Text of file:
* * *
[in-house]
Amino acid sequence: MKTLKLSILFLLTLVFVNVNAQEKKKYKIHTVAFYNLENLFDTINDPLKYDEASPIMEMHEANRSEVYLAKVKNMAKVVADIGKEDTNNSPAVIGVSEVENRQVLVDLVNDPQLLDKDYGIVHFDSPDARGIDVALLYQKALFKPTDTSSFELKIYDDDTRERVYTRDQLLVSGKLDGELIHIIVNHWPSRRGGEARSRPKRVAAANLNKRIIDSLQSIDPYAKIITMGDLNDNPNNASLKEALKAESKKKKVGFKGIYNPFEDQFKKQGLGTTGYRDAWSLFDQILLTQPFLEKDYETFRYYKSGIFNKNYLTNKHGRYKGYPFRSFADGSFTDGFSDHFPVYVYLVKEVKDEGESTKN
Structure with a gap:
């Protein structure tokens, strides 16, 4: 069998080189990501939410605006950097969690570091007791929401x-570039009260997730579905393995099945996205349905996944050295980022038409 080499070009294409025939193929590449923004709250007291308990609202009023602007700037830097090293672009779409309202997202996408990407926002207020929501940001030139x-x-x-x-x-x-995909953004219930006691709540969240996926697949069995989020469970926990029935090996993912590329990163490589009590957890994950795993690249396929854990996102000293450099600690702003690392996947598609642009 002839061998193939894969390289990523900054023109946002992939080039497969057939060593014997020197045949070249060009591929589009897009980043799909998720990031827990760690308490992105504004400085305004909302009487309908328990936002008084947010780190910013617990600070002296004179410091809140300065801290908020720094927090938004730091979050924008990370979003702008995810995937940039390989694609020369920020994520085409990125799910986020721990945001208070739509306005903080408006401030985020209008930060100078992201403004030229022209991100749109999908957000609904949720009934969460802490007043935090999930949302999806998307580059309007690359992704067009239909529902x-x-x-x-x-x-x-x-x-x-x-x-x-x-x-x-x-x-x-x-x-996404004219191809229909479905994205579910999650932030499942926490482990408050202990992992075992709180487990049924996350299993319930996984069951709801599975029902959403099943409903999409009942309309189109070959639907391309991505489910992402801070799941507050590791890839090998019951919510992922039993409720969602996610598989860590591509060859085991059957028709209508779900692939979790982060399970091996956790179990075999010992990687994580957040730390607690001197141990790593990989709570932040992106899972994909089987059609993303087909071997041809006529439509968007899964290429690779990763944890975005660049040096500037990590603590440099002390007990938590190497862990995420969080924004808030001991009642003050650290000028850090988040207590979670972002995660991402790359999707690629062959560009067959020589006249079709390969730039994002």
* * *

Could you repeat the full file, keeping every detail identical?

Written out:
[in-house]
Amino acid sequence: MKTLKLSILFLLTLVFVNVNAQEKKKYKIHTVAFYNLENLFDTINDPLKYDEASPIMEMHEANRSEVYLAKVKNMAKVVADIGKEDTNNSPAVIGVSEVENRQVLVDLVNDPQLLDKDYGIVHFDSPDARGIDVALLYQKALFKPTDTSSFELKIYDDDTRERVYTRDQLLVSGKLDGELIHIIVNHWPSRRGGEARSRPKRVAAANLNKRIIDSLQSIDPYAKIITMGDLNDNPNNASLKEALKAESKKKKVGFKGIYNPFEDQFKKQGLGTTGYRDAWSLFDQILLTQPFLEKDYETFRYYKSGIFNKNYLTNKHGRYKGYPFRSFADGSFTDGFSDHFPVYVYLVKEVKDEGESTKN
Structure with a gap:
């Protein structure tokens, strides 16, 4: 069998080189990501939410605006950097969690570091007791929401x-570039009260997730579905393995099945996205349905996944050295980022038409 080499070009294409025939193929590449923004709250007291308990609202009023602007700037830097090293672009779409309202997202996408990407926002207020929501940001030139x-x-x-x-x-x-995909953004219930006691709540969240996926697949069995989020469970926990029935090996993912590329990163490589009590957890994950795993690249396929854990996102000293450099600690702003690392996947598609642009 002839061998193939894969390289990523900054023109946002992939080039497969057939060593014997020197045949070249060009591929589009897009980043799909998720990031827990760690308490992105504004400085305004909302009487309908328990936002008084947010780190910013617990600070002296004179410091809140300065801290908020720094927090938004730091979050924008990370979003702008995810995937940039390989694609020369920020994520085409990125799910986020721990945001208070739509306005903080408006401030985020209008930060100078992201403004030229022209991100749109999908957000609904949720009934969460802490007043935090999930949302999806998307580059309007690359992704067009239909529902x-x-x-x-x-x-x-x-x-x-x-x-x-x-x-x-x-x-x-x-x-996404004219191809229909479905994205579910999650932030499942926490482990408050202990992992075992709180487990049924996350299993319930996984069951709801599975029902959403099943409903999409009942309309189109070959639907391309991505489910992402801070799941507050590791890839090998019951919510992922039993409720969602996610598989860590591509060859085991059957028709209508779900692939979790982060399970091996956790179990075999010992990687994580957040730390607690001197141990790593990989709570932040992106899972994909089987059609993303087909071997041809006529439509968007899964290429690779990763944890975005660049040096500037990590603590440099002390007990938590190497862990995420969080924004808030001991009642003050650290000028850090988040207590979670972002995660991402790359999707690629062959560009067959020589006249079709390969730039994002």